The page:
- Victim Assistance
- Consumer Protection
- Media Center
- Topical Index
ONALASKA – Menard, Inc. has been ordered to pay $30,000 in forfeitures, court costs and attorney fees for illegal hazardous waste disposal at its store in Onalaska, LaCrosse County.
Wisconsin law provides for the safe and proper handling and disposal of all types of hazardous waste. According to the complaint, Menard generated hazardous waste at its Onalaska store in January of 2007 when it allowed a pallet of containers of herbicide to freeze and crack open. Instead of properly packing the leaking containers into leak-proof containers for safe and legal disposal, Menard staff illegally disposed of the herbicide by dumping it onto a snow-covered island in the parking lot in front of the Onalaska store. This action violated Wisconsin's laws that provide for hazardous wastes to be managed and disposed of pursuant to regulations designed to safeguard the public from coming into contact with the wastes.
In addition to the payment of forfeitures and costs, Menard Inc. retained a consultant to perform an investigation of the site where the herbicide was disposed, and no further work in that regard is necessary. Menard has also sent a posting to all of its store managers to remind them that all staff must comply with appropriate measures for packing and disposal of any defective or damaged containers of pesticides or herbicides.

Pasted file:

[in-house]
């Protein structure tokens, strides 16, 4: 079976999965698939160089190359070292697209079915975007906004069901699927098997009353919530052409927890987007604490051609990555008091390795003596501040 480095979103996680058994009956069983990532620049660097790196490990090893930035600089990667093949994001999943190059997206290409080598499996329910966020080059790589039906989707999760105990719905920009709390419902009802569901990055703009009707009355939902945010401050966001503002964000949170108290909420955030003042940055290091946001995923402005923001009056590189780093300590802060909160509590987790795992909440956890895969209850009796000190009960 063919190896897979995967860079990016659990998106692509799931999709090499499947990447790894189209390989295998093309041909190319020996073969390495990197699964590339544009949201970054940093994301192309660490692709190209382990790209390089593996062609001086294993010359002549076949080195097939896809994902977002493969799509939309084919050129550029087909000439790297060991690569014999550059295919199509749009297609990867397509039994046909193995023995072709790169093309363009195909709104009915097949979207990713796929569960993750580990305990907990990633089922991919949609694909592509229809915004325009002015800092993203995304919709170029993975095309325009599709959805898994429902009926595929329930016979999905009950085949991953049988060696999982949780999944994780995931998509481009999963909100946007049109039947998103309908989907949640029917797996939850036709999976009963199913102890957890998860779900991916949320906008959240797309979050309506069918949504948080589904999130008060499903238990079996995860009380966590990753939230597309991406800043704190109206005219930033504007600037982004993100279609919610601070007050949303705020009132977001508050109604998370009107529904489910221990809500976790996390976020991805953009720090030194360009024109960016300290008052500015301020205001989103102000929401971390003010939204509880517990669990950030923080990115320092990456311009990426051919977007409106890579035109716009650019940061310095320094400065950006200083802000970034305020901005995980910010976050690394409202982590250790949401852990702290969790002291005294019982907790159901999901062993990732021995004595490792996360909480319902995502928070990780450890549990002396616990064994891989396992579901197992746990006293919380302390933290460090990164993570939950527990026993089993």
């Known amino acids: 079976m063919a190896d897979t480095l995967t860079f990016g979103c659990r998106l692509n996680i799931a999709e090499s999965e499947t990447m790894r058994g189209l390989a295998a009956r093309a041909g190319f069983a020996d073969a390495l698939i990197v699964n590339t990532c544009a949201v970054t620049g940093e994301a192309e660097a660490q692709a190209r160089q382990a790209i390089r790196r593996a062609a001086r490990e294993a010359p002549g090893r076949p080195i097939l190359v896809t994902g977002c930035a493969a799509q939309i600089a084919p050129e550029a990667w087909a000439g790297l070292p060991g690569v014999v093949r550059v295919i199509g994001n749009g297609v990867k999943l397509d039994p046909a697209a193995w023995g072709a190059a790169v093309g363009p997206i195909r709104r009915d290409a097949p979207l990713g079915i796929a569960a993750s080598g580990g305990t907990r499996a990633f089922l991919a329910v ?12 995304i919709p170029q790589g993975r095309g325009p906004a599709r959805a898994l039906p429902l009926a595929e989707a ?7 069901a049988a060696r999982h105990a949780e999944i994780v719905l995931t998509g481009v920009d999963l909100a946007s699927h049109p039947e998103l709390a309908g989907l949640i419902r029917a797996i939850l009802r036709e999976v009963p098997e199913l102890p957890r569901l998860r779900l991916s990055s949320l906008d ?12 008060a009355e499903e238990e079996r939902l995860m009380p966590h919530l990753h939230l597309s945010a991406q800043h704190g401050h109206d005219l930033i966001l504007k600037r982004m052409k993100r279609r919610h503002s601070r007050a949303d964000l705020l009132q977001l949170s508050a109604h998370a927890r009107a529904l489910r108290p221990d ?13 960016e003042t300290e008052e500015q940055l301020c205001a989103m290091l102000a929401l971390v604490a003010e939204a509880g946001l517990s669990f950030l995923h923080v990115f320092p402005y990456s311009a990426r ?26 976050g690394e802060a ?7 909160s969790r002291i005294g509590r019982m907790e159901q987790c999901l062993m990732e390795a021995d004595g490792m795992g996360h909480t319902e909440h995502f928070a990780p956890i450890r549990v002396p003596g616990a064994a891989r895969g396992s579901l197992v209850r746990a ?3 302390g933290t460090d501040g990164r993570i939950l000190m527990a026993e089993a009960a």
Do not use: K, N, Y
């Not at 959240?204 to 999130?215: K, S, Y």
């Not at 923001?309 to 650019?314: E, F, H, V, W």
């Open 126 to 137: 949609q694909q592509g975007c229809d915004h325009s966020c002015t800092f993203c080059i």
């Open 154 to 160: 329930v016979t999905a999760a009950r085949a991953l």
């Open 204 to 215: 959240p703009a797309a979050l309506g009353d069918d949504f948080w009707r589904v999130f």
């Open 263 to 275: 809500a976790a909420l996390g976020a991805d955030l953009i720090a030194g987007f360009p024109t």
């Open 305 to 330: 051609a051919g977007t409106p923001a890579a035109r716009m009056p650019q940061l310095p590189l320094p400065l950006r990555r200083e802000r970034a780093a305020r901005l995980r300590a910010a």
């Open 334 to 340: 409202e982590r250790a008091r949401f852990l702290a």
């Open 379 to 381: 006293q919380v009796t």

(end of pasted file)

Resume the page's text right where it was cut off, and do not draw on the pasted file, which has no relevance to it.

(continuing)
"Wisconsin law requires that all stores that handle pesticides and herbicides must comply with the hazardous waste regulations that govern the handling and ultimate disposal of any damaged and leaking containers of these substances," said Attorney General J.B. Van Hollen. "Violations of these laws can pose a potential risk to the public who may come into contact with hazardous wastes that are not properly handled and disposed. The Wisconsin Department of Justice will continue to work with the DNR to ensure that the public is protected by requiring compliance with hazardous waste laws."
Assistant Attorney General Lorraine C. Stoltzfus prosecuted the case for the State. LaCrosse County Judge Scott L. Horne signed the order imposing the forfeitures.